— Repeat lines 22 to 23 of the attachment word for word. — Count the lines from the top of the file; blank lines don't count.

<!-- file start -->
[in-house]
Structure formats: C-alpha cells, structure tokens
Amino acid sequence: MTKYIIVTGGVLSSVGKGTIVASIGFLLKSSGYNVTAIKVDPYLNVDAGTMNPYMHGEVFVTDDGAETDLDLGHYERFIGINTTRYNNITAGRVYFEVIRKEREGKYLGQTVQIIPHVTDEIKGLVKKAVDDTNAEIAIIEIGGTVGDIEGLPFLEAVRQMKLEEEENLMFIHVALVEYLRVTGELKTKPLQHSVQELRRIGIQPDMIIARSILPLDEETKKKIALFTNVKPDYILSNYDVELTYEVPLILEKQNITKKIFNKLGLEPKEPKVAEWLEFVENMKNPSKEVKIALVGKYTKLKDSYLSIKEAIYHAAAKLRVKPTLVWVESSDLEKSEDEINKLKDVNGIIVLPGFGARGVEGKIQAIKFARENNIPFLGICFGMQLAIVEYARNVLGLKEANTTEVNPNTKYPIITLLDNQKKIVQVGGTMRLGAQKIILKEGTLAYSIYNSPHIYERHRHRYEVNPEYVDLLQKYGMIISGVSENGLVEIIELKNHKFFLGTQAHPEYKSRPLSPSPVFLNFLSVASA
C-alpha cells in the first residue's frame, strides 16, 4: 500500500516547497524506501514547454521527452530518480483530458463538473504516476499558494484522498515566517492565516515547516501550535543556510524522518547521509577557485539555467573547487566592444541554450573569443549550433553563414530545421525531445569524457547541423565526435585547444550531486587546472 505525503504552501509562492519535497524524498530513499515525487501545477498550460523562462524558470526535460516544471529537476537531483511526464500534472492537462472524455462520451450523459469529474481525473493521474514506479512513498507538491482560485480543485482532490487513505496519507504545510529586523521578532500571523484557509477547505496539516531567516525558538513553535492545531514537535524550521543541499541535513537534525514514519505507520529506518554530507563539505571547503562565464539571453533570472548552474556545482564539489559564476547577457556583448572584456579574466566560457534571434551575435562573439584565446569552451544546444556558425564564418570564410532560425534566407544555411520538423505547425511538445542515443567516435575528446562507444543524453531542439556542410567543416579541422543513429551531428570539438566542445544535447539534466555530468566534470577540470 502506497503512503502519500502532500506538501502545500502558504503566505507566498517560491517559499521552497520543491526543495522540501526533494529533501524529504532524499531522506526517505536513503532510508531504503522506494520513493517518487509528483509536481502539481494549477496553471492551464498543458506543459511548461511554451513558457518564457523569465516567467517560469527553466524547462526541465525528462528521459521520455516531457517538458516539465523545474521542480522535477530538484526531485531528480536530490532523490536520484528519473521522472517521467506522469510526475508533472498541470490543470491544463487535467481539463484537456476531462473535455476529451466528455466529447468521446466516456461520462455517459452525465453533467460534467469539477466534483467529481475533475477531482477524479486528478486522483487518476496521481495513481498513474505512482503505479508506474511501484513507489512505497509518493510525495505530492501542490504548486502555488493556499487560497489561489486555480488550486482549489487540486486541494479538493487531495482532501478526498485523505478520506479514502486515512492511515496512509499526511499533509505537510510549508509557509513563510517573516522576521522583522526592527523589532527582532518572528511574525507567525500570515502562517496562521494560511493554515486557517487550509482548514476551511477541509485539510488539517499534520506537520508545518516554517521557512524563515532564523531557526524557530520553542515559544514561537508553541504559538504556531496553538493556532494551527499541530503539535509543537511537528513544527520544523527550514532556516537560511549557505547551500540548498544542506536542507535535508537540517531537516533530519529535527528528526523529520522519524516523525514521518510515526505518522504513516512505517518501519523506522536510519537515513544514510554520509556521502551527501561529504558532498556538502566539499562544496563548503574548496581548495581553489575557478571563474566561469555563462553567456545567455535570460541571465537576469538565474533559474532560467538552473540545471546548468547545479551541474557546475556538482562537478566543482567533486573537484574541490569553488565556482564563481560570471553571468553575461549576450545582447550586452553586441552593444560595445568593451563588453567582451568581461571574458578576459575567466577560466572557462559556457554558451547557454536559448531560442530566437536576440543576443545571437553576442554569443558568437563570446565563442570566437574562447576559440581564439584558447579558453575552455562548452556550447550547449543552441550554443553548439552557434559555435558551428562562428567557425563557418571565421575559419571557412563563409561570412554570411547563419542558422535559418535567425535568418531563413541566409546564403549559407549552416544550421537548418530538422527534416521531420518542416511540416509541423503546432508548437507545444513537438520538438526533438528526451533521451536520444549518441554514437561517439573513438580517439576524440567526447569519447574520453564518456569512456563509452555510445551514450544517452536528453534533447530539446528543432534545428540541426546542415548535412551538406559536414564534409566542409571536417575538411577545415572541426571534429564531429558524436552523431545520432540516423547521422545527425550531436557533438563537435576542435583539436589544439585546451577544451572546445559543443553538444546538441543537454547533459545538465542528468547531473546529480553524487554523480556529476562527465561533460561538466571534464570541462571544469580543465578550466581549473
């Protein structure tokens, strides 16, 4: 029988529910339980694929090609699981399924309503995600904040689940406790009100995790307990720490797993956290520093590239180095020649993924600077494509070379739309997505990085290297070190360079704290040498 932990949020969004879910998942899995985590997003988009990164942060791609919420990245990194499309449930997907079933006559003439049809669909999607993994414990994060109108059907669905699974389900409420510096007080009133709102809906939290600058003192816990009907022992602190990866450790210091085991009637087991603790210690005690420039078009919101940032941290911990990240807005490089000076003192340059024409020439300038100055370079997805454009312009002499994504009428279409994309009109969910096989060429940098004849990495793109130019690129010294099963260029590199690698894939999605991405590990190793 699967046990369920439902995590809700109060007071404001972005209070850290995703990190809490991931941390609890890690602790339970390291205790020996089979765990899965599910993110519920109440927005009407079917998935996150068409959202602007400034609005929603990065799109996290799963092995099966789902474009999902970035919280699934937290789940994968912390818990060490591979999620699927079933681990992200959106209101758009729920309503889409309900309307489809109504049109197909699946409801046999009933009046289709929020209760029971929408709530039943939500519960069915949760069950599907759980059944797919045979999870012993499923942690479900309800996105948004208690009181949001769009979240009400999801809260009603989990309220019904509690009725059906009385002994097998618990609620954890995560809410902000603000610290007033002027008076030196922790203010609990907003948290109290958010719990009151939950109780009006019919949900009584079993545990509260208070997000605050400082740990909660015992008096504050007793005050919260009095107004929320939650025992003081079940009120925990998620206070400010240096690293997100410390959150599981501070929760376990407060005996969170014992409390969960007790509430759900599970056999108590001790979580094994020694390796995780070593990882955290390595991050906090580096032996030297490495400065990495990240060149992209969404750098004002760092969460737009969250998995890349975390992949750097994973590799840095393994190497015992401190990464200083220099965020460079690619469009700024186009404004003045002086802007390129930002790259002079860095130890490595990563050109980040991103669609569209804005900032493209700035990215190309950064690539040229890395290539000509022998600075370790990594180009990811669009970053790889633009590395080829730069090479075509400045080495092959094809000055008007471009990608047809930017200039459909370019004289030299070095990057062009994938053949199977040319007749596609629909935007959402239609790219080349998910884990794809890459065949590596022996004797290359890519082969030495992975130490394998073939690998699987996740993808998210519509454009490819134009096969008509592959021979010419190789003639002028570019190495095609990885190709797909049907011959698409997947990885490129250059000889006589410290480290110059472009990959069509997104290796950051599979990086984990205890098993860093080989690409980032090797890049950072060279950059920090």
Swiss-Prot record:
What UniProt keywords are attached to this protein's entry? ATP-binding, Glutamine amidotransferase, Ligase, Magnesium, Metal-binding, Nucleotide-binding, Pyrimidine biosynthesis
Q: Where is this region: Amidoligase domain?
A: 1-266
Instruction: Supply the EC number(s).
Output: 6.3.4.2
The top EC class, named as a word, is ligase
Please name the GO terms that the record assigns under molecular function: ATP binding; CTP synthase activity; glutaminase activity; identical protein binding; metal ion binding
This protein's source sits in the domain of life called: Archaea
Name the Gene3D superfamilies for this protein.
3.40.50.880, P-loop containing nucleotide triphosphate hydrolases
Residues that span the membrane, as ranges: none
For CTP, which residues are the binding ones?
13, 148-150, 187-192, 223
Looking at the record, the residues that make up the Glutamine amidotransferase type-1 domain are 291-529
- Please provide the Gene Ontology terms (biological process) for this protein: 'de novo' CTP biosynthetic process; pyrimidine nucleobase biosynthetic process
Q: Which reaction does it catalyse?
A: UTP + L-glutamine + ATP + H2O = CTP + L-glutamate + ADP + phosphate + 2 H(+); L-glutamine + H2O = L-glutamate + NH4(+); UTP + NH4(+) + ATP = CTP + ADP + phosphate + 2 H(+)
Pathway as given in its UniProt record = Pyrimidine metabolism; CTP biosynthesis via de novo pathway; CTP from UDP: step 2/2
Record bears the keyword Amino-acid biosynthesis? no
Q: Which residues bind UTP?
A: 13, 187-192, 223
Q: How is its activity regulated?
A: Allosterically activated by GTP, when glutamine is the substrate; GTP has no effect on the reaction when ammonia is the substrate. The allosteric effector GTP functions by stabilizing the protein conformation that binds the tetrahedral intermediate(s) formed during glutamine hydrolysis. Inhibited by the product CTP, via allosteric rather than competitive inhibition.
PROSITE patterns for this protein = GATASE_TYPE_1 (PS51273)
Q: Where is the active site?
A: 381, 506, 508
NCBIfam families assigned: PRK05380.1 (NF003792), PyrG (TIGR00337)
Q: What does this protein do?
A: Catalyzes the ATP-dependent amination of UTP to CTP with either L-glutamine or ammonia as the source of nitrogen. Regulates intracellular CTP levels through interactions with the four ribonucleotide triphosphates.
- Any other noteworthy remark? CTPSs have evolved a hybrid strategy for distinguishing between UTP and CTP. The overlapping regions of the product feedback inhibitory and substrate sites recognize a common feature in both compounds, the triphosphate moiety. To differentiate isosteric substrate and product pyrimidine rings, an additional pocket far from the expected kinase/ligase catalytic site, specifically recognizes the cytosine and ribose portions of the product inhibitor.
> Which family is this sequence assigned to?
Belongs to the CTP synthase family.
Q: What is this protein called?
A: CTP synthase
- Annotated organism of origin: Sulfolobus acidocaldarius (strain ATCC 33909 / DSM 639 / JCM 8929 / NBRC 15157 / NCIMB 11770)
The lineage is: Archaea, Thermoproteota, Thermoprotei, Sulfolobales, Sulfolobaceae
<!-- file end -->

Q: Which reaction does it catalyse?
A: UTP + L-glutamine + ATP + H2O = CTP + L-glutamate + ADP + phosphate + 2 H(+); L-glutamine + H2O = L-glutamate + NH4(+); UTP + NH4(+) + ATP = CTP + ADP + phosphate + 2 H(+)